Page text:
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Hunting pre rut elk

Old 08-13-2010, 11:57 PM
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Default Hunting pre rut elk

Archery season starts in less than a month. Sept. 4th to be presise. A few weeks before the elk rut begins. What methods have worked for you to bring in elk? Do calls work? Finding a mud wallow? I'm gonna need some tips. Thanks everyone.
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Old 08-14-2010, 06:54 AM
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Elk are social creatures and they are curious. They will respond to calls, but generally more subtly. It isn't abnormal to get a bull to bugle even this time of year, but they won't repeat themselves very often, so it is a good locator strategy to find the general area where one is. Cows will chat a little too. If your going to call, set up on sign or in an area you know they are about, set yourself down with the wind in mind relative to where you think they may approach, and subtly call. Use a cow/calf call and occasionally give a gentle call. A couple of different calls mixed up may give the illusion of a small group. They will generally come in quietly and you may be surprised how close an animal that large can sneak in on you, even in the driest conditions. Approach it a bit like predator calling, keep your movement to an absolute minimum, set up so it is difficult for them to approach from a direction where the currents will betray you, and be patient. It is probably similar (though this is based on what I've read, not personal experience) like calling lions. Plan on keeping your butt still for an hour or more before giving up. I've not used decoys, but expect they may really shine in a set up and call situation.

Many have had success setting on wallows. I don't much have the patience to do either. Don't under estimate the benefits of glassing at first light. They will move into cover, but if you can spot them, at least you have a starting point. Still hunting can be effective, but you must work the timber VERY slowly, pay attention to the air currents, and again you will benefit by glassing every few feet. You will be looking for small indicators of body parts: a lower leg, the twitch of an ear, a portion of a tine... Remember that while you may come across the odd lone bull, there are greater odds of finding them in pairs or small groups. I.e., if you spot one in the timber, you'd best know if or where the rest of the group is as well. It isn't uncommon for me to work my way through the timber only to have a group explode out of their beds all around me.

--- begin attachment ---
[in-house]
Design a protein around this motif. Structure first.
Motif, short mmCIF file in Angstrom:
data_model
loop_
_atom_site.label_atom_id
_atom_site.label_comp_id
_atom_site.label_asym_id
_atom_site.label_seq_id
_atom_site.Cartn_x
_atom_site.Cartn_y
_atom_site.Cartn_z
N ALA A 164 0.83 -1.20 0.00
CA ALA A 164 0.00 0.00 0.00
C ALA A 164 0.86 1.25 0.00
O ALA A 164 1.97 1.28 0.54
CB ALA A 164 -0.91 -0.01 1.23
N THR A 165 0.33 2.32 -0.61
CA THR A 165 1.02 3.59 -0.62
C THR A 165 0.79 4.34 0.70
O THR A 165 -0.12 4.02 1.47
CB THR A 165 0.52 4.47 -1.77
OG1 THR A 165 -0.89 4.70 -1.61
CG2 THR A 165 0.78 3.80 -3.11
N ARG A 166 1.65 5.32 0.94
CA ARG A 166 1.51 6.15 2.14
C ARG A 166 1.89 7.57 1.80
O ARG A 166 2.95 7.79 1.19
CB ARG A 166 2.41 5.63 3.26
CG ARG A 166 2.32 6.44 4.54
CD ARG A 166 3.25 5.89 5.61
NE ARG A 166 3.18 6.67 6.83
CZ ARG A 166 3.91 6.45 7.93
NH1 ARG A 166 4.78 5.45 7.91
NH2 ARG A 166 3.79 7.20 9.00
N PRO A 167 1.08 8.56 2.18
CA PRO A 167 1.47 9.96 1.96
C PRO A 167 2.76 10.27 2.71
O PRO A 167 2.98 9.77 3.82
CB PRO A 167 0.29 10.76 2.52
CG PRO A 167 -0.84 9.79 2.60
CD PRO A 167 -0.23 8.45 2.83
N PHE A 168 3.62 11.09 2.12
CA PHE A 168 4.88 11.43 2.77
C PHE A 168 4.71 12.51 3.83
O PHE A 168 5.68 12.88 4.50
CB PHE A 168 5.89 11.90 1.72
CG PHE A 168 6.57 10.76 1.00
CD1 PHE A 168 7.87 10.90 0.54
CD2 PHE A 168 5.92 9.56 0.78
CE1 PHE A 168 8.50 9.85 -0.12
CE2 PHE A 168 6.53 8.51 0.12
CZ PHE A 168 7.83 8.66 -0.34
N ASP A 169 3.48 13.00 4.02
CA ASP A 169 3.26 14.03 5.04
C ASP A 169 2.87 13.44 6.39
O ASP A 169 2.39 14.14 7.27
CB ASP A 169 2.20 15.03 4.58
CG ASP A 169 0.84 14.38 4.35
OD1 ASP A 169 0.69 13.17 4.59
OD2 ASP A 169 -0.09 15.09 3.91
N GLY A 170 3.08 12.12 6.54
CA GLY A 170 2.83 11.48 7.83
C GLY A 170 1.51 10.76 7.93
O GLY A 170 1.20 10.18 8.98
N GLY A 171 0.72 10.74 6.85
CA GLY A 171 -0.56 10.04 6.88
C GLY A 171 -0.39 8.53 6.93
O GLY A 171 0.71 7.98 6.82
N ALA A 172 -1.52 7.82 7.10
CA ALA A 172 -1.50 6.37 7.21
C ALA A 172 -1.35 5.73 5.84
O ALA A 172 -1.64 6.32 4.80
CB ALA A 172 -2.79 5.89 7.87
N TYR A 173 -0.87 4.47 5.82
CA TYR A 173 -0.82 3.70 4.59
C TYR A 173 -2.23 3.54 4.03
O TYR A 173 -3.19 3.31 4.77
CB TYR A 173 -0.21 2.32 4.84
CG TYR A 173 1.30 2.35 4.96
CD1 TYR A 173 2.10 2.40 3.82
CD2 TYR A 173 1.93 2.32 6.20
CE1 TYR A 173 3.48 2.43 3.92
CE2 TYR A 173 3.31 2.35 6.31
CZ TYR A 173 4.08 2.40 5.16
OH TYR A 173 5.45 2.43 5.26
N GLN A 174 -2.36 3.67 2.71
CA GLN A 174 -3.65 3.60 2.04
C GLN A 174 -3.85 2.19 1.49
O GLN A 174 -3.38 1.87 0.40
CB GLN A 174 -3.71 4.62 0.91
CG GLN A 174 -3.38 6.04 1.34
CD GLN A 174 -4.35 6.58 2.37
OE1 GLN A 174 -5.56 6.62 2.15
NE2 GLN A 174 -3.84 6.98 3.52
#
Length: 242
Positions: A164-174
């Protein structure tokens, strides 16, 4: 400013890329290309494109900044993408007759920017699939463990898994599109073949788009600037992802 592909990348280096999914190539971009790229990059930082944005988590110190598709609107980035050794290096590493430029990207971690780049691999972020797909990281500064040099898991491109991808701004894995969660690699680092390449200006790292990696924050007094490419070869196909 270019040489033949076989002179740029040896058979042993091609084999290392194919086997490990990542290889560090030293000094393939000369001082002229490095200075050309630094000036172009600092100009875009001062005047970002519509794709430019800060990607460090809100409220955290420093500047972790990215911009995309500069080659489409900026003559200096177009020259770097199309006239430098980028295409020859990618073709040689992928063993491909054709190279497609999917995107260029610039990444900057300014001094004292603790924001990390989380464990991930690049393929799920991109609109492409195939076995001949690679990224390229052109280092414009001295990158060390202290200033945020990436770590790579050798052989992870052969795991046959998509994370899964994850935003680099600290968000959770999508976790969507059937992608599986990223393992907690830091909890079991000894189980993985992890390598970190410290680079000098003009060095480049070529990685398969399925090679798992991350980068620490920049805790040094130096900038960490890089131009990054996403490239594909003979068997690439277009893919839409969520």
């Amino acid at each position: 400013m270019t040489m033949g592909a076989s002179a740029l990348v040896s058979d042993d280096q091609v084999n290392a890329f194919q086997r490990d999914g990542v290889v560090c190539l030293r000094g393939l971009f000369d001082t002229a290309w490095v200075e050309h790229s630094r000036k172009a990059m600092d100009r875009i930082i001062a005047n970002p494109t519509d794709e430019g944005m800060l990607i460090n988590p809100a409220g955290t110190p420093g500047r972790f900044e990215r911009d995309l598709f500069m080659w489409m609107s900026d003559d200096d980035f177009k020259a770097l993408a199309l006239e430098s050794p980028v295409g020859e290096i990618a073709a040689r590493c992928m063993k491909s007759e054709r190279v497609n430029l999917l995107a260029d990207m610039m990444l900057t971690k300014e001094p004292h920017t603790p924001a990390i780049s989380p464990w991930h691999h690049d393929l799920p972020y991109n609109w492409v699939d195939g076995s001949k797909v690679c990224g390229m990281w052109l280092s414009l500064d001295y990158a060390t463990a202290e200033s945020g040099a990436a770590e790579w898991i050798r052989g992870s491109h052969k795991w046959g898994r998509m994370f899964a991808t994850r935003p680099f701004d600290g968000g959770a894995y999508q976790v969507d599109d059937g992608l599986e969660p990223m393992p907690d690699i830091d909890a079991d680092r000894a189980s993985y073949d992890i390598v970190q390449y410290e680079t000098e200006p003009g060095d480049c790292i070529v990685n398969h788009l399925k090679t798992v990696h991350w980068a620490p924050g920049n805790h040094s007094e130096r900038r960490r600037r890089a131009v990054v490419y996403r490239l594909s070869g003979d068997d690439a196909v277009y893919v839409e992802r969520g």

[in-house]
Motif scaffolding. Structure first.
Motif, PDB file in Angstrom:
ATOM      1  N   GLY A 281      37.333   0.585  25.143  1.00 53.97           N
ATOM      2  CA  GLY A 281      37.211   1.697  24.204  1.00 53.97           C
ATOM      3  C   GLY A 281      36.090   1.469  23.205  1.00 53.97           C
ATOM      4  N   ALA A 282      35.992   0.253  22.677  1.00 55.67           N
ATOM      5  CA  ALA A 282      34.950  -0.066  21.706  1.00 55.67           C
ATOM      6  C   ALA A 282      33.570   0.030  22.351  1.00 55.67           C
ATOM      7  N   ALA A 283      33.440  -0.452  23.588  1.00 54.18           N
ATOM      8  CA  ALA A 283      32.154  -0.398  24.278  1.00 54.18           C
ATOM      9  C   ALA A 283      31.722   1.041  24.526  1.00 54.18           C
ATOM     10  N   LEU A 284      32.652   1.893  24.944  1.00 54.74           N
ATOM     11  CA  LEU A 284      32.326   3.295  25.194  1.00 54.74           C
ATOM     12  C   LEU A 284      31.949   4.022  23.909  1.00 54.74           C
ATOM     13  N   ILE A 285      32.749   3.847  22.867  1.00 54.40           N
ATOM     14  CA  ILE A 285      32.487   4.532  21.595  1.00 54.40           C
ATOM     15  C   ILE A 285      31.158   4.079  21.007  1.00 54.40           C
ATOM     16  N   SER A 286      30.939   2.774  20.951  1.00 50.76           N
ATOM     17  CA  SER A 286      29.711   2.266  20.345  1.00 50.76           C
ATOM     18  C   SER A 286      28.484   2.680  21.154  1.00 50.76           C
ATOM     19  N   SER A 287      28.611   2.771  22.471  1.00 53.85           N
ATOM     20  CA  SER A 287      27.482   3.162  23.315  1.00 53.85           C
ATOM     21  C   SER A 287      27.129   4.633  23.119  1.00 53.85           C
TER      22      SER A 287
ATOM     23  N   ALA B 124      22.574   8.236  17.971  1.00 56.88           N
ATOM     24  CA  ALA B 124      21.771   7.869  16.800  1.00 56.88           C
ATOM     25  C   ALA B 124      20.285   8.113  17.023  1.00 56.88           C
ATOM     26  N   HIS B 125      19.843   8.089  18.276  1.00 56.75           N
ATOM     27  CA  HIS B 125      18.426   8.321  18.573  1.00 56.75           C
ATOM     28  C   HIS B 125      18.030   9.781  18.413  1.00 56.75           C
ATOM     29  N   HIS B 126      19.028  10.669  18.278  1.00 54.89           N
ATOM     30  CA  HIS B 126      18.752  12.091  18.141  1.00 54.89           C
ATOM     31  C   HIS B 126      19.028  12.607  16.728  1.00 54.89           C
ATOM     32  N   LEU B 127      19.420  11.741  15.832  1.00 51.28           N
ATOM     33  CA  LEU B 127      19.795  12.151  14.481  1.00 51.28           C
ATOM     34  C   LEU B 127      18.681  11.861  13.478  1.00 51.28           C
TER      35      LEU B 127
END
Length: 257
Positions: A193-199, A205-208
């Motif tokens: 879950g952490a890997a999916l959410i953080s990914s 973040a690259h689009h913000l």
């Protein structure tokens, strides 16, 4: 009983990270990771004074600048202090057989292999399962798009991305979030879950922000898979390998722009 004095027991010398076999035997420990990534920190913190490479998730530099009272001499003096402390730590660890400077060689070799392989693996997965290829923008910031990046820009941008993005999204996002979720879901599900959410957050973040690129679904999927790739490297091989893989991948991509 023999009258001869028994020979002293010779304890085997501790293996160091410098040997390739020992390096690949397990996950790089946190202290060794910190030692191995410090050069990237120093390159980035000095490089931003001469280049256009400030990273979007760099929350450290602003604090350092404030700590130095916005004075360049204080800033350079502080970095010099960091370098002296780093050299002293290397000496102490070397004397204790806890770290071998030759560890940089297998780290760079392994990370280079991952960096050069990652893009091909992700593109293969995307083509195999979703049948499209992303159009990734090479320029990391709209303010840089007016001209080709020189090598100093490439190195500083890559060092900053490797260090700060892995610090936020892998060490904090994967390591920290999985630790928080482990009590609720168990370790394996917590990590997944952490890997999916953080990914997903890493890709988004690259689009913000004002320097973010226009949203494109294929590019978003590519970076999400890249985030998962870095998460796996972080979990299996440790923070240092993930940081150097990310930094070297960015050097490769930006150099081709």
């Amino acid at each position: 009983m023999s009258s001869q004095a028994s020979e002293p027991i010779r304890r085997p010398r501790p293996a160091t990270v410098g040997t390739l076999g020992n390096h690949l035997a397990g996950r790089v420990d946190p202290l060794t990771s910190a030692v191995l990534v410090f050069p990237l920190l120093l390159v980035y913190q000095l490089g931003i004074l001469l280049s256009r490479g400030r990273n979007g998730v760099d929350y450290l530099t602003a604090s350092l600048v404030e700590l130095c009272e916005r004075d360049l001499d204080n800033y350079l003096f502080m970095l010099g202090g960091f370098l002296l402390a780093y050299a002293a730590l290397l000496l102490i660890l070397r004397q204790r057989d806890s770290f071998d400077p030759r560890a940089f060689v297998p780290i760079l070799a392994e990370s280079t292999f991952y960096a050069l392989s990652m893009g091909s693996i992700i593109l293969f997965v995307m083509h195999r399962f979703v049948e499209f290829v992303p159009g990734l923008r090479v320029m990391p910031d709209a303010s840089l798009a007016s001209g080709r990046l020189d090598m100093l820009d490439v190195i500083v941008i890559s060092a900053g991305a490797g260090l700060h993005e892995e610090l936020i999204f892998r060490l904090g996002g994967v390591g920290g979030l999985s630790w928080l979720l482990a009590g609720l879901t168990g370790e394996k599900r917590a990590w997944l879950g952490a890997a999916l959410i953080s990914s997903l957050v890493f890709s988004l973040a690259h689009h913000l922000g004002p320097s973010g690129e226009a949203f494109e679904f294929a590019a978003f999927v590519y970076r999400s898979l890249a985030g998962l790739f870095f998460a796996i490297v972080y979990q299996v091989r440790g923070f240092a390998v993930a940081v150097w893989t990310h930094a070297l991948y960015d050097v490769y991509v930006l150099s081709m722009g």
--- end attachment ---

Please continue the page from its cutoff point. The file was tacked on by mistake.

Excepting for sitting on wallows, all of the above have gotten me many close encounters with elk. That being said, I've harvested few beyond the glassing and spotting method. I hunt sunup to sundown with the odd short nap thrown in and find I have more opportunities to spot and stalk than anything when they aren't assertively coming into a call. Elk bed during the day. They also get up and browse, get a drink, and otherwise move around. In 25+ years of hunting elk, I can say I've seen at least as many during the "non productive" times of day as I have early morning and late evening.
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Old 08-14-2010, 01:20 PM
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As long as the elk have rubbed off their velvet they will respond to a bugle by answering back, though in this case, I would stalk the bull instead of expecting to have him come to you. Generally the bugle is intended for attracting cows to a stationary bull and not to challenge other bulls. This is a great time as the bulls are alone and you won't have a bunch of extra eyes/ears to deal with.
This ideal sitation will only last for a few days or a wkk so take full advantage of it.
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Old 08-16-2010, 10:52 AM
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Well I guess it depends on how you define "rut". Most guys classify pre "peak" rut activity as pre rut but not me. On september 4th the bulls will be tearing up trees, starting to search for cows and the first cows will be coming into estrus. The full blown bugling contests between bulls across canyons won't be happening much yet and most bulls won't be cowed up but make no mistake I would not classify this time as "pre rut".